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Understanding and Managing High Risk Pregnancy with Bioidentical Progesterone Suppositories - M

Understanding and Managing High Risk Pregnancy with Bioidentical Progesterone Suppositories

Reviewed by Michael Hua, Pharm D
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The joy of finding out you are pregnant can be exhilarating, but when you find out your pregnancy is at risk or you may be prone to preterm delivery, your days of gestation can be filled with worry. According to the latest available data from the Centers for Disease Control and Prevention, preterm birth is now so common that 1 in 10 babies are born before 27 weeks of pregnancy. Even more alarming, roughly 10 to 15 percent of pregnancies result in miscarriage.

Many preterm deliveries and miscarriages occur due to risks associated with the pregnancy or the health of the mother. Therefore, the key to reducing the number of preterm deliveries and miscarriages is looking at how high-risk pregnancies could be better understood and managed. Bioidentical progesterone suppositories may just be one effective tool doctors can use to lower the risks and better sustain the pregnancy full term.

Understanding and Managing High Risk Pregnancy with Bioidentical Progesterone Suppositories

Progesterone suppositories are vaginally inserted medications that contain the bioidentical hormone progesterone. Progesterone is necessary during pregnancy because it:

  • Supports the growth of the womb

  • Prevents the uterus from contracting

  • Prepares the breasts for milk production

  • Helps the lungs gather and use more oxygen to support the growth of the baby

Even though progesterone is available in different forms, some research has shown that vaginal suppositories seem to be more effective for the prevention of preterm labor (labor before 37 weeks).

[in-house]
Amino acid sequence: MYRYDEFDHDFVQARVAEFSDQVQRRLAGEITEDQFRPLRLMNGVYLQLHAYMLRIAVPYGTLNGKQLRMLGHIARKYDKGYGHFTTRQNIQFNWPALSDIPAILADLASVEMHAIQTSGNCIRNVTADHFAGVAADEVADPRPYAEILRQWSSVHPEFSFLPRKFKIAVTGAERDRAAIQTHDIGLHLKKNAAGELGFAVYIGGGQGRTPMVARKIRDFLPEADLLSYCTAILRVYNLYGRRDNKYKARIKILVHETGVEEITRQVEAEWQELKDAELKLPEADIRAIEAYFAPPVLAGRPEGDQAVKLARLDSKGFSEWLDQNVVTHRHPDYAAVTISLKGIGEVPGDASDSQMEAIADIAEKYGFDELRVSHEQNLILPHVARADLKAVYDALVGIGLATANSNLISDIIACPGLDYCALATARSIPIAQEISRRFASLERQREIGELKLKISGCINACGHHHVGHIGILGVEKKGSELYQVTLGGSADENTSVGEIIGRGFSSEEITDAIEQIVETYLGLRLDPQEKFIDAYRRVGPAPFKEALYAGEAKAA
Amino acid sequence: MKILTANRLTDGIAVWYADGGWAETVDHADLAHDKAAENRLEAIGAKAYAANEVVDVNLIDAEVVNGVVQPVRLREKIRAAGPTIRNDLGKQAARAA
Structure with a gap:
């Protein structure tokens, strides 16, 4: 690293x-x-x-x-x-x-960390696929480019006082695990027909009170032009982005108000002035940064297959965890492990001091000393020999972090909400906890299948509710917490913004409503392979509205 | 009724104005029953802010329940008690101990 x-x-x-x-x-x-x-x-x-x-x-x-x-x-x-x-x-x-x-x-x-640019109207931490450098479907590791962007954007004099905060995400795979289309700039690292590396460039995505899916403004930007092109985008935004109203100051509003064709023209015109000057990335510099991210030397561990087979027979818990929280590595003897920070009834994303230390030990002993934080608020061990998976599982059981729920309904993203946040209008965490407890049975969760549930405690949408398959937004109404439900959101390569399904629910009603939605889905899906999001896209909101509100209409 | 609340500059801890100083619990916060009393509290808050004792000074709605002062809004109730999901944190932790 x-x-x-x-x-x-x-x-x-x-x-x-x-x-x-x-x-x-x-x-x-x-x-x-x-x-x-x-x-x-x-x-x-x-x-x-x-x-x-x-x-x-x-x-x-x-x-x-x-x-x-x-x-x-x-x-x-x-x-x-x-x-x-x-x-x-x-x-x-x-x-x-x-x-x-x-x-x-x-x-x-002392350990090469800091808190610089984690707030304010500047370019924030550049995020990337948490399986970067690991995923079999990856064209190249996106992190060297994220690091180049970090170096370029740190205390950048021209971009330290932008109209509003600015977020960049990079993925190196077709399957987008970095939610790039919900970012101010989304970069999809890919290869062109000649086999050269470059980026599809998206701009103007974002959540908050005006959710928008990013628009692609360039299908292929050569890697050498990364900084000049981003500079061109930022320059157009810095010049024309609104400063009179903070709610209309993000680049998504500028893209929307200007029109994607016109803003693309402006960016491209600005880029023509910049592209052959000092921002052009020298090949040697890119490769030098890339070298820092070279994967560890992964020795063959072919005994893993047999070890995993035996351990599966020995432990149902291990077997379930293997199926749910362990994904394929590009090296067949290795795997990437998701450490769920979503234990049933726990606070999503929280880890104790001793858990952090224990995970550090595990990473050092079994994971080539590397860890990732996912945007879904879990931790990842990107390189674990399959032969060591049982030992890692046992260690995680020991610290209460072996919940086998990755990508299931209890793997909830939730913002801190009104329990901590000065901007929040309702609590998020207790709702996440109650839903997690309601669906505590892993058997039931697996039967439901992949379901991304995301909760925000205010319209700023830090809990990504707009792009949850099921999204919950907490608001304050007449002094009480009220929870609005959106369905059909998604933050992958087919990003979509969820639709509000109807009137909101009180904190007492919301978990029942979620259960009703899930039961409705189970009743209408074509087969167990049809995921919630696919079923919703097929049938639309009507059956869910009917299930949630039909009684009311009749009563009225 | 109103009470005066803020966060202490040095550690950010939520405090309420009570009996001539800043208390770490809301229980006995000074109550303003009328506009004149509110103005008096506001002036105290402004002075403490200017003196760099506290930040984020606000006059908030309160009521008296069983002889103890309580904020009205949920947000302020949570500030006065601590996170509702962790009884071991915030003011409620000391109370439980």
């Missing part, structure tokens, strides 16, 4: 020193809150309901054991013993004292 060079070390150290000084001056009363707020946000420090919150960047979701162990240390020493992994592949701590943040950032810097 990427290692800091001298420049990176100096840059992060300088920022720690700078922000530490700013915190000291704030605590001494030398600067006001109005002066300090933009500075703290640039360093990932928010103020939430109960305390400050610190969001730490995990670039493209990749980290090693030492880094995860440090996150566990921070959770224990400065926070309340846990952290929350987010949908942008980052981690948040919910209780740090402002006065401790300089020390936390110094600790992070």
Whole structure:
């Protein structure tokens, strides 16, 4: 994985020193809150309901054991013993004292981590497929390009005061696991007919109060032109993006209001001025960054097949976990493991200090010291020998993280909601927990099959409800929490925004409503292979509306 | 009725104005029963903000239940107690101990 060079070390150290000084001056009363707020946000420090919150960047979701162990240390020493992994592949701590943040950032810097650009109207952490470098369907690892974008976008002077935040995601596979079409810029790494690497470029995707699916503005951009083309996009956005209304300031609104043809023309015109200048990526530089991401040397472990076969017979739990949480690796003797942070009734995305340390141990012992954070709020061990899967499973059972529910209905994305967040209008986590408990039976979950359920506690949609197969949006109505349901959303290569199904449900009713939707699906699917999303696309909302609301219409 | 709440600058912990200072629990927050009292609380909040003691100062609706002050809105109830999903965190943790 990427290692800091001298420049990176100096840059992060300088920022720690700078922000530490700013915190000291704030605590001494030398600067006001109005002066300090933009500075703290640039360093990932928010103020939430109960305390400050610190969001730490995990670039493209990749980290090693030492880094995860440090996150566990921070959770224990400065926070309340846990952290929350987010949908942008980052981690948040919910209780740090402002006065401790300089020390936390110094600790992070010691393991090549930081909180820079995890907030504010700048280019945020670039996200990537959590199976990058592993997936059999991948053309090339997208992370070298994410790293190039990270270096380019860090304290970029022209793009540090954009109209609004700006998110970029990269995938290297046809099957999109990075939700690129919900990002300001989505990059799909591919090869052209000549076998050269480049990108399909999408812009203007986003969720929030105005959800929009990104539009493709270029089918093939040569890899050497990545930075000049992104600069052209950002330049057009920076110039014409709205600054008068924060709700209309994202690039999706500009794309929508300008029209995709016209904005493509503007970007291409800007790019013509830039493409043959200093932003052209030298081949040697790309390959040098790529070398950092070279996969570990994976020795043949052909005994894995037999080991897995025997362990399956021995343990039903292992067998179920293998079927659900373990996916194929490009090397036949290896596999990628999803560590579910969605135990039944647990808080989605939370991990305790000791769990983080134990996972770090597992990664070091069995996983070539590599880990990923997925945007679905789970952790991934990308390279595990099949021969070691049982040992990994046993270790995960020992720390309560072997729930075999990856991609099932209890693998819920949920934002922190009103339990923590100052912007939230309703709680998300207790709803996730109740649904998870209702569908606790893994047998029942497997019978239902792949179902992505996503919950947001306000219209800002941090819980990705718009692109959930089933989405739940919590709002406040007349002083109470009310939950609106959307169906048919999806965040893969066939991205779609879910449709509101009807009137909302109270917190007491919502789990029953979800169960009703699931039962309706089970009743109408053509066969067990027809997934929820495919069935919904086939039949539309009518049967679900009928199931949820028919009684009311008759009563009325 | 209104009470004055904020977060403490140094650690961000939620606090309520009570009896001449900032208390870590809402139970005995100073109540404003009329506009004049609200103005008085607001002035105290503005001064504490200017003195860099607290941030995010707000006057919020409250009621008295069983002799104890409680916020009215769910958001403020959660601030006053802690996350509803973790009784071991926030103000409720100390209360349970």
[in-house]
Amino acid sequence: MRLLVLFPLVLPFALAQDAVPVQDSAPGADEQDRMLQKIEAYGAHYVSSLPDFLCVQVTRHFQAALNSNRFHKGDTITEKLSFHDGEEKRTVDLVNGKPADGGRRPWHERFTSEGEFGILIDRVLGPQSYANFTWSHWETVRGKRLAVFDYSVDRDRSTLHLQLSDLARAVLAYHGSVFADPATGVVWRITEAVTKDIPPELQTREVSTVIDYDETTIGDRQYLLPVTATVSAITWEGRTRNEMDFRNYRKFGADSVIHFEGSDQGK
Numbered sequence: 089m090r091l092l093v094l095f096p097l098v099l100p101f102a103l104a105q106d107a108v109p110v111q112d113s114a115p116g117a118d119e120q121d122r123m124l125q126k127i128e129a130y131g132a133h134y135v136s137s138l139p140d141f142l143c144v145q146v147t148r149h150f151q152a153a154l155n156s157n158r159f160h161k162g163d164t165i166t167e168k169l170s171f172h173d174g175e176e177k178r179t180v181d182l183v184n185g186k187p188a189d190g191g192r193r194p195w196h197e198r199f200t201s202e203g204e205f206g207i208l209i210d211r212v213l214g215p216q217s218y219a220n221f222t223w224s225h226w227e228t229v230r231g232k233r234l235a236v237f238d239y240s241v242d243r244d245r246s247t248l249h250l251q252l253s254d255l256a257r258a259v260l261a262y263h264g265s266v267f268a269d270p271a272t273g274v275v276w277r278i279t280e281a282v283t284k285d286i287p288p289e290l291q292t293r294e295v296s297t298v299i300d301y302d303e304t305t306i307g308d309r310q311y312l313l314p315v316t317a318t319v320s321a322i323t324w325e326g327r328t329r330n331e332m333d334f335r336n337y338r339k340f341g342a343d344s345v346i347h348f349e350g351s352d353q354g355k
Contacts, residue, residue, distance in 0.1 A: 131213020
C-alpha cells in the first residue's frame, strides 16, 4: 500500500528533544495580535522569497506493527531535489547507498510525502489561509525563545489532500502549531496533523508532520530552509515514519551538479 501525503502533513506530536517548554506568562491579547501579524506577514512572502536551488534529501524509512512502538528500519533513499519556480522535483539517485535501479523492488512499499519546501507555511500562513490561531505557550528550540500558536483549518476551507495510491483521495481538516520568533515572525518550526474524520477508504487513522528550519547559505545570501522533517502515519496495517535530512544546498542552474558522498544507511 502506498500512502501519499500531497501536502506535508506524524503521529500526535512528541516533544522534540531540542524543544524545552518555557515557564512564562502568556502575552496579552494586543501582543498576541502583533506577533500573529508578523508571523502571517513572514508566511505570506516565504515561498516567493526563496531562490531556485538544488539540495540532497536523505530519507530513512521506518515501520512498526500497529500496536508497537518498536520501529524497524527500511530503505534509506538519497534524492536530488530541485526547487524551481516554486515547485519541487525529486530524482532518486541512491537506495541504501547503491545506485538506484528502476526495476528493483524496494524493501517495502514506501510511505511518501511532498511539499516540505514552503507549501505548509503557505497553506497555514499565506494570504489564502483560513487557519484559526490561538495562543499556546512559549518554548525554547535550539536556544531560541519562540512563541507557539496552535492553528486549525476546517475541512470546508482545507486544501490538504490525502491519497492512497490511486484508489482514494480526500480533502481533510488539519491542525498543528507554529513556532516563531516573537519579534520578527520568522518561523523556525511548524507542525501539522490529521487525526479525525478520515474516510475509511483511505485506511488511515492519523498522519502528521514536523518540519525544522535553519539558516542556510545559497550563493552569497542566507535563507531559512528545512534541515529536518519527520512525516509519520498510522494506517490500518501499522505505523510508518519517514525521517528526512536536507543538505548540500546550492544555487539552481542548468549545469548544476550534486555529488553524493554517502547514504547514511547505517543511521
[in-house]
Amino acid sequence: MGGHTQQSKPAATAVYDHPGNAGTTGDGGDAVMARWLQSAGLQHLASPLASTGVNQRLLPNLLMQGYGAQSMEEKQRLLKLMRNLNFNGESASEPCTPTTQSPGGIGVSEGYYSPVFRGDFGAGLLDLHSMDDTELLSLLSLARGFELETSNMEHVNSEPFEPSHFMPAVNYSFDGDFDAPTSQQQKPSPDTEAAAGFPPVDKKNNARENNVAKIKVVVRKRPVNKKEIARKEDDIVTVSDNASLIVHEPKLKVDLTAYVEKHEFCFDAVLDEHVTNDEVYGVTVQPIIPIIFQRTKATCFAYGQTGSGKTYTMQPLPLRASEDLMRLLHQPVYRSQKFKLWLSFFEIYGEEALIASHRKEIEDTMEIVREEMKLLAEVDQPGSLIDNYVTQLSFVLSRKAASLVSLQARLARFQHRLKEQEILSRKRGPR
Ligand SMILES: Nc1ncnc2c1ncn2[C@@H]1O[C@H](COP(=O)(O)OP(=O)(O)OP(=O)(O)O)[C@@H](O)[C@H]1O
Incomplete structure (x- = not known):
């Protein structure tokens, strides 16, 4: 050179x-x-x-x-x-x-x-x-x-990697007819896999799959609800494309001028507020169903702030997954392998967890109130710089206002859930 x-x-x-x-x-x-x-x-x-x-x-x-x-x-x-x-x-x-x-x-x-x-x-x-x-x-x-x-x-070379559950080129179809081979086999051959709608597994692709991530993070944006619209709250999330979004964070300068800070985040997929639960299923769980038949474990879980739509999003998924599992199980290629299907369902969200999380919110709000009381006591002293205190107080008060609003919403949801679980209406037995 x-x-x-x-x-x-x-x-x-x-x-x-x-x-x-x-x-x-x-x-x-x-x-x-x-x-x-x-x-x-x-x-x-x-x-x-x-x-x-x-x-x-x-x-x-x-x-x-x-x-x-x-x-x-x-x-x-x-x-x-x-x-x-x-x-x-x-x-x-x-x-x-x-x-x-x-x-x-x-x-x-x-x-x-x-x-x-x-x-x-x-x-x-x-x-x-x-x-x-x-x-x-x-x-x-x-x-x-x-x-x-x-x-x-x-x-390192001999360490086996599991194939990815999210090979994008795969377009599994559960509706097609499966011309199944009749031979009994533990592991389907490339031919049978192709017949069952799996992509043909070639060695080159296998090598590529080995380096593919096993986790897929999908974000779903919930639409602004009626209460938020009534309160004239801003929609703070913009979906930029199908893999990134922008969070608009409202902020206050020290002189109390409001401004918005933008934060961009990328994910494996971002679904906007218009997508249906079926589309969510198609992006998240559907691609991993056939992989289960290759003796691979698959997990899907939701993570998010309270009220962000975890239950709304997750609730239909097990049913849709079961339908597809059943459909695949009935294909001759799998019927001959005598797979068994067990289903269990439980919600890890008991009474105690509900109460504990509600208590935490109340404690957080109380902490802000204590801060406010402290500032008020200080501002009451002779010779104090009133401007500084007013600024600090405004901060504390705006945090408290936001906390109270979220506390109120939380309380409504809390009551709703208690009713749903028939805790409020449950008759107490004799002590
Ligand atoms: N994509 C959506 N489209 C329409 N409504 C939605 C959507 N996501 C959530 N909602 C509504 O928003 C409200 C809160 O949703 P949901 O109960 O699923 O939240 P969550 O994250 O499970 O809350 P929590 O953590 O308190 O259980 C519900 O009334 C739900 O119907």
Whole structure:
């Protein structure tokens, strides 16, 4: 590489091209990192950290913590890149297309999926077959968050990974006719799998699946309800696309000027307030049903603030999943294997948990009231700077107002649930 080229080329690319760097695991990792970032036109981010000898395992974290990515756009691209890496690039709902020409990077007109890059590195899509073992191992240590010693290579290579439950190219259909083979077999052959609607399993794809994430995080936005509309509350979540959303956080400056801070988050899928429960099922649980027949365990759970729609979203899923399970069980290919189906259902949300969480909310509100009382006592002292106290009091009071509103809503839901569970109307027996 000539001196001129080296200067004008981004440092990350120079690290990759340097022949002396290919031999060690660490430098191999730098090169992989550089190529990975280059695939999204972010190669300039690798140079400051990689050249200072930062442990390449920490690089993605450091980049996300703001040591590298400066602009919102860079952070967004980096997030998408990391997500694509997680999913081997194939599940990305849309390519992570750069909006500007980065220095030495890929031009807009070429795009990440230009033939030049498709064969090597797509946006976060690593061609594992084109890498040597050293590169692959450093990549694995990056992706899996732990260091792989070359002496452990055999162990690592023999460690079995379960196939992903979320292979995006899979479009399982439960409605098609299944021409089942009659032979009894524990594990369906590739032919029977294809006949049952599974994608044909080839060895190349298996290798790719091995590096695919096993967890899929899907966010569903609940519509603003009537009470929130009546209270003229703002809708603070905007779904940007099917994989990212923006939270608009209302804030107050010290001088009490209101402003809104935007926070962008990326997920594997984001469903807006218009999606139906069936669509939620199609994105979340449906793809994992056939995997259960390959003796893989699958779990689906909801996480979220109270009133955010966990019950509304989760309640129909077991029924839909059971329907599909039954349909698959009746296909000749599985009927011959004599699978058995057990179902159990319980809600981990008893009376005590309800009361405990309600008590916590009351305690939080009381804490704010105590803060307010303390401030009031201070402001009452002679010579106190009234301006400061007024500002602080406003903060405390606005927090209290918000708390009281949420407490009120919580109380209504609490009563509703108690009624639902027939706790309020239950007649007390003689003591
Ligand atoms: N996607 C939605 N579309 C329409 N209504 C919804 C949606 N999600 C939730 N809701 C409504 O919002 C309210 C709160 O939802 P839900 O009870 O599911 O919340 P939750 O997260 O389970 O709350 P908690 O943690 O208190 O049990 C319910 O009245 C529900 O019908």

What happens with progesterone production during pregnancy?

Even though the female body always produces progesterone, during pregnancy, the levels produced by the body should increase substantially. While progesterone levels may be anywhere from 0.1 to 25 ng/nL normally, pregnancy levels should be as much as 44ng/nL depending on the trimester.

How do you know progesterone is low during pregnancy?

Low progesterone levels during pregnancy are thought to be one of the biggest driving forces behind problems with miscarriage or preterm labor. Low progesterone during pregnancy may lead to a host of symptoms, such as:

  • Spotting

  • Extreme fatigue

  • Vaginal dryness

  • Low blood sugar

  • Abdominal pain

If you suspect that your levels are low, a doctor can test your progesterone levels with a basic blood test to determine if you may need bioidentical hormone support to sustain the pregnancy.

A few risk factors for high risk pregnancy include:

  • Being pregnant over the age of 35

  • Smoking, drinking alcohol, or using drugs

  • History of preterm labor or miscarriage

  • Maternal health issues, such as diabetes, high blood pressure, or infection

  • Carrying multiples (twins, triplets, etc.)

  • Short cervix diagnosis

A high-risk pregnancy is essentially any pregnancy that has a heightened risk of health problems for either the baby or the mother during gestation, during labor, or even after delivery. Low progesterone levels are also sometimes identified as a factor when considering whether or not a pregnancy is considered high risk. In many cases, a high-risk pregnancy can also mean a heightened risk of miscarriage or preterm delivery.

Short Cervix: Another Major Risk Factor

A short cervix is also a major risk factor during pregnancy. If a woman has a cervix that is less than 25 to 30mm in length, this can be considered a short cervix. The cervix is highly important to support the pregnancy to full term, but women who have this condition may be as much as six times more likely to experience either a miscarriage or preterm labor. The cervix may thin and dilate early and cause early labor. One study actually found that very short cervixes (15mm or less) may account for as much as 86 percent of preterm labor events before 28 weeks.

When to start progesterone suppositories to prevent preterm labor will depend on a few factors, such as the extent of your risks of preterm labor or when you start to experience symptoms of preterm labor. The usual plan is to start with vaginal progesterone starting at 16 to 24 weeks and continue treatment until about 34 weeks of pregnancy.